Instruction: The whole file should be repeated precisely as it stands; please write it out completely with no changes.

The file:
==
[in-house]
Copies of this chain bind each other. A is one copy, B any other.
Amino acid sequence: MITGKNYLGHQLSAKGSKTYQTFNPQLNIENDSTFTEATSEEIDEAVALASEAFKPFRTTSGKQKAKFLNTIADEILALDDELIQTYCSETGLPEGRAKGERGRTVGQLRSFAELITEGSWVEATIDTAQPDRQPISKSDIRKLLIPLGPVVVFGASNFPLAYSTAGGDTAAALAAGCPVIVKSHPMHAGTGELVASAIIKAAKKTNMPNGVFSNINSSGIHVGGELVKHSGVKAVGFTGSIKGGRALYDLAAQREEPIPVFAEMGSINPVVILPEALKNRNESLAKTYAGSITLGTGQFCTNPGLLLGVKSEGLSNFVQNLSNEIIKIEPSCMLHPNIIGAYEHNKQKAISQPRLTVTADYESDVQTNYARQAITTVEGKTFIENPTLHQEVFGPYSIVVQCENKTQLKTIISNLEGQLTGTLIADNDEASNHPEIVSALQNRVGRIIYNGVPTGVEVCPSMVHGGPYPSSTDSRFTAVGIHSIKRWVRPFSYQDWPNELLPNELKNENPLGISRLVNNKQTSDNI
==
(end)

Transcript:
[in-house]
Copies of this chain bind each other. A is one copy, B any other.
Amino acid sequence: MITGKNYLGHQLSAKGSKTYQTFNPQLNIENDSTFTEATSEEIDEAVALASEAFKPFRTTSGKQKAKFLNTIADEILALDDELIQTYCSETGLPEGRAKGERGRTVGQLRSFAELITEGSWVEATIDTAQPDRQPISKSDIRKLLIPLGPVVVFGASNFPLAYSTAGGDTAAALAAGCPVIVKSHPMHAGTGELVASAIIKAAKKTNMPNGVFSNINSSGIHVGGELVKHSGVKAVGFTGSIKGGRALYDLAAQREEPIPVFAEMGSINPVVILPEALKNRNESLAKTYAGSITLGTGQFCTNPGLLLGVKSEGLSNFVQNLSNEIIKIEPSCMLHPNIIGAYEHNKQKAISQPRLTVTADYESDVQTNYARQAITTVEGKTFIENPTLHQEVFGPYSIVVQCENKTQLKTIISNLEGQLTGTLIADNDEASNHPEIVSALQNRVGRIIYNGVPTGVEVCPSMVHGGPYPSSTDSRFTAVGIHSIKRWVRPFSYQDWPNELLPNELKNENPLGISRLVNNKQTSDNI